Here’s what Harden and Ibaka are facing: They’re both eligible for extensions this summer, not free agents or even restricted free agency. The Thunder can offer up to four years, but not five. Why? Because OKC already used its “Designated Player” five-year extension on Westbrook. (The Thunder are unique because they actually have two Designated Players, because Durant signed his under the old CBA. Lucky break.)
If OKC can’t reach terms on an extension with either, they go to restricted free agency. Meaning the Thunder would allow the market to determine their value and have the ability to match any offers made to them. A very possible scenario.
Oklahoma City’s situation
OK, let me use a completely made up, hypothetical situation just to try and illustrate how this thing could go.
Again, for 2013-14, which is when the harsher tax kicks in, the Thunder have about $54 million committed to the roster. If Presti adds no other players and trades all OKC’s draft picks, the Thunder will have between $16 million and $20 million to commit to Harden and Ibaka without stepping into the tax.
So let’s speculate, and realize I’m probably horribly underpaying Harden and Ibaka, but bear with me for the sake of the illustration. Add up Harden (roughly $11.5 per year) and Ibaka (roughly $9.5 million per year), Perry Jones III (roughly $1 million per year) and the whatever pick next season (let’s say $1 million again) and a D-Leaguer or something, which fills out a 13-man roster. (KD, Westbrook, Thabo, Perk, Ibaka, Harden, Collison, Aldrich, Reggie Jackson, Lazar Hayward, Minimum D-Leaguer, Perry Jones and 2013 Rookie.) That brings the Thunder to about $79 million. That’s about $9 million over the tax line. Which means, the Thunder would be paying $1.75 for every dollar over (because they’re paying over $5 million the tax threshold, but less than $10 million), bringing the tax payment to $15,750,000.
Yikes. You can see why so many have called this impossible.
And yes, that’s a pretty heavy check to write, but it’s not completely unreasonable. Especially when you consider this: The better the team, the deeper you’re expected to go. And the deeper you go, the more home games you have, the more tickets you sell, the more merchandise you move… you get the idea. It’s part of the reason the Spurs were always so willing to pay the tax. They made most of it back by being a contender. The extra games add up. The estimation that each home game alone is worth about $1 million in the playoffs. The Thunder played 10 home games this postseason. Boom, $10 million.
(OK, a couple other factors to weigh to try and cover the complexity of the whole thing. Maybe I’m underpaying Ibaka and Harden. I almost definitely am. If Harden’s a max level guy as some say he is, that’ll put the Thunder right against the tax before even considering Ibaka. If Harden and Ibaka together get more than my guess, the Thunder approach the next level of the tax line, meaning they pay $2.50 on every dollar. That’s a much tougher check to write. Another factor: Eric Maynor. I’m sure OKC would like to keep him, and I think he wants to stay. Paying him $3 or $4 million a year just bumps the number higher, which is bad. A third factor: the sacrifice talk. If Harden, Ibaka and Maynor were really serious, they’d really have to sacrifice if they wanted to make this work under or at least barely over the tax. Harden would have to be looking at something like $8 million a year and Ibaka $6 million. That doesn’t sound very realistic at all to me.)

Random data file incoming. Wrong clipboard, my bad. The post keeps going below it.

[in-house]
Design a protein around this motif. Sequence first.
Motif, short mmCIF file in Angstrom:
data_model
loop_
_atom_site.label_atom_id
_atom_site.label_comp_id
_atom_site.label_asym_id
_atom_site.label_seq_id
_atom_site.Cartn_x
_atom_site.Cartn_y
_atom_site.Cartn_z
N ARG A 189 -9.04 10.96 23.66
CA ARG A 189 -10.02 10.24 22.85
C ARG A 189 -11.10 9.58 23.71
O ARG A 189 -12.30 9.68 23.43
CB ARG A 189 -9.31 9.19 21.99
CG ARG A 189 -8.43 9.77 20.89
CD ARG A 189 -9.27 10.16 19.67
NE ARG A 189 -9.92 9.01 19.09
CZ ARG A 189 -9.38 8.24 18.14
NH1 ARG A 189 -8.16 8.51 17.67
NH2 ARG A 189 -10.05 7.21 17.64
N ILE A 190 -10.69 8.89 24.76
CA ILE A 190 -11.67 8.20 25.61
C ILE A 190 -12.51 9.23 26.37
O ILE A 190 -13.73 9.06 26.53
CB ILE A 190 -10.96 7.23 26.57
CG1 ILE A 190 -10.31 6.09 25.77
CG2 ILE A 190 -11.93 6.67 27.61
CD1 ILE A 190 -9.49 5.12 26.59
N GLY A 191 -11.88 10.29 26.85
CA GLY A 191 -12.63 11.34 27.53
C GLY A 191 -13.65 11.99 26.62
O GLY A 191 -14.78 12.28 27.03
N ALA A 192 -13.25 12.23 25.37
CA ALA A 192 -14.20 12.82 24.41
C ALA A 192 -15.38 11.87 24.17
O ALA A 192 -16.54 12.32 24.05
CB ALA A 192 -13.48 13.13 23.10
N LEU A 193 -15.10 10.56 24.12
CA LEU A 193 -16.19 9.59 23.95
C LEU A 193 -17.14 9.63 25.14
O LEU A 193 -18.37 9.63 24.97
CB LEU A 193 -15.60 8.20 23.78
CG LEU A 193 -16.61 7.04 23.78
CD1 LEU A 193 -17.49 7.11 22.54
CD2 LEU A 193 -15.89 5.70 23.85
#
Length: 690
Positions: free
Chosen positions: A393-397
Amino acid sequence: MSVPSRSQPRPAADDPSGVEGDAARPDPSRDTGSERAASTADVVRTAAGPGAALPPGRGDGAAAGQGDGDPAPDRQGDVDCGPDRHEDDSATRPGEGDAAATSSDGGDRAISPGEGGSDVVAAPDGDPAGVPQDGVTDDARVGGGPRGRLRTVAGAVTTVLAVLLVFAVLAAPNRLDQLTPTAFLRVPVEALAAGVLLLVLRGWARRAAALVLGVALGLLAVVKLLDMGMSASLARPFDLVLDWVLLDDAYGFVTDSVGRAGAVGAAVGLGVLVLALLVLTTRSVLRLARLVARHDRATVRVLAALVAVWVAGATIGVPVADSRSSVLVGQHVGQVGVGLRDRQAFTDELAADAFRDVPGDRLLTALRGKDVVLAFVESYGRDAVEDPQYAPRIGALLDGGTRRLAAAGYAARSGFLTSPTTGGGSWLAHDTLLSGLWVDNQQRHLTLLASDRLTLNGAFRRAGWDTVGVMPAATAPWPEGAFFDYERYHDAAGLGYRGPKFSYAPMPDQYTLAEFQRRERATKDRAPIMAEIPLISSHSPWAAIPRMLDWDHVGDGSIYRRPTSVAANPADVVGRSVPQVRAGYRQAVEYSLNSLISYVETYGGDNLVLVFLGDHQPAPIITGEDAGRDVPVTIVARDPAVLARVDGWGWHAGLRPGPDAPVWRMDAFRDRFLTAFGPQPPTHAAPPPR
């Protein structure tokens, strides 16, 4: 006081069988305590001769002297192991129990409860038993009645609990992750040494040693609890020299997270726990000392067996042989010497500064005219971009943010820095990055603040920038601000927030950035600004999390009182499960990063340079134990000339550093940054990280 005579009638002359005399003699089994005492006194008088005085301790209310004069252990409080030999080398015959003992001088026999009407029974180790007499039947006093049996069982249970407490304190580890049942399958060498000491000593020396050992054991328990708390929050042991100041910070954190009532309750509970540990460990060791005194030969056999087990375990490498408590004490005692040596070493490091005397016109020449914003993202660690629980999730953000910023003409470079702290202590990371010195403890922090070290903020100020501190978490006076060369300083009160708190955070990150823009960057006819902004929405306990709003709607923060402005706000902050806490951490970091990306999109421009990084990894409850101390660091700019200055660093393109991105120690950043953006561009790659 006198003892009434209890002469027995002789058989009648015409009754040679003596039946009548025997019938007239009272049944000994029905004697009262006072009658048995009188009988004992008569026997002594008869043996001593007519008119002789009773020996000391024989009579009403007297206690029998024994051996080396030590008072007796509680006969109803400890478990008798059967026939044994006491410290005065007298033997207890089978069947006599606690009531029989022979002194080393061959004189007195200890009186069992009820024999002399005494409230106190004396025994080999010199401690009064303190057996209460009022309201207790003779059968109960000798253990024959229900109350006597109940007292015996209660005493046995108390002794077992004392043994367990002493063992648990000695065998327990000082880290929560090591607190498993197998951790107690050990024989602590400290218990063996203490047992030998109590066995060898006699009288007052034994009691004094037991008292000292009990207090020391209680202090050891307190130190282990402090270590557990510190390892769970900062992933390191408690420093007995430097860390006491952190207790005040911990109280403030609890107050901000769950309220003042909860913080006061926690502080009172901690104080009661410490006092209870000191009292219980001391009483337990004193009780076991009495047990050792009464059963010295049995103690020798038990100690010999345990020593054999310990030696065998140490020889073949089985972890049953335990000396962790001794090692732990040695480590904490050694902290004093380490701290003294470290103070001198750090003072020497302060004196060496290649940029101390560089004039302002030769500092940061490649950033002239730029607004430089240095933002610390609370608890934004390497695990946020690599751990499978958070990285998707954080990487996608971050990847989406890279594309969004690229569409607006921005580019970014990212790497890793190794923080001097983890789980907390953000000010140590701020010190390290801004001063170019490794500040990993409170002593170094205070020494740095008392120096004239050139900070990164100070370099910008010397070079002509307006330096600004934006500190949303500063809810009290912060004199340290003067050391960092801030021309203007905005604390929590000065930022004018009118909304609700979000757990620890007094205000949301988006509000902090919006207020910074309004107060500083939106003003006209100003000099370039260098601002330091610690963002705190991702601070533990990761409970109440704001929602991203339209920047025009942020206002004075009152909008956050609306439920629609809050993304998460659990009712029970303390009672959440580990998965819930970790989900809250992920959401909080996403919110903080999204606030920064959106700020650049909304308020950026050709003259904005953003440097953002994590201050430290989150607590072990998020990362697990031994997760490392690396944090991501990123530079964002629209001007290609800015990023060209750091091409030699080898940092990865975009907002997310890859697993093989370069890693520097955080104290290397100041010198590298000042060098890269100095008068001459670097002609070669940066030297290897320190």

(Oh, and a fourth factor: Again, I’m not including the way NBA salaries actually work, with yearly raises. So if Harden got four years, $45 million, it could likely start something like $9 million in year one, $11 million in year two, $13 million in year three and $15 million in year four. So that’s going to affect the tax payment in 2016, 2017 and on and on, but maybe not as much in 2014.)
Assuming by keeping the core together, OKC puts a title contender on the floor every year, would it be worth the money to compete for rings, and experience this feeling, for the next five years? Especially if maybe you can make a chunk of it back? Not entirely absurd. At least not an option to entirely rule out.
From what I understand, the Thunder aren’t morally opposed to paying the tax, as some act like they are. Yes, they’re in the league’s smallest market and money is tighter here than in other places, but it doesn’t mean OKC’s ownership group is pinching pennies. Remember, these guys overpaid for the franchise, paid $30 million to move the team and were ready to drop even more if they had to.
(Sidenote: It’s an unspoken complication that Aubrey McClendon’s situation with Chesapeake could mess with the team’s finances, but that’s not a sure thing as of yet. As of now, these guys have some money. And I don’t get the impression they bought and moved the team to try and rake in profits. It seems to me to be more of a civic contribution, with it being icing if things finish in the black.)
Now, that’s leaving out another relevant factor. The penalty gets stiffer when you become a repeat tax payer. Starting in 2014-15, if you’ve paid the tax for three straight years, you’re a repeater and you pay $2.75 on every dollar for being $5 million over. That one won’t affect OKC. But starting in 2015-16 and going forward, you’re a repeater offender if you’ve paid in three of the last four years. That one, the Thunder will trigger, unless they make a move.
Which is another possibility. What if OKC just chose to pay the tax for two or three years, then got under the tax line by dealing a core piece, amnestying a guy or downgrading some? That’s a potential possibility, I think.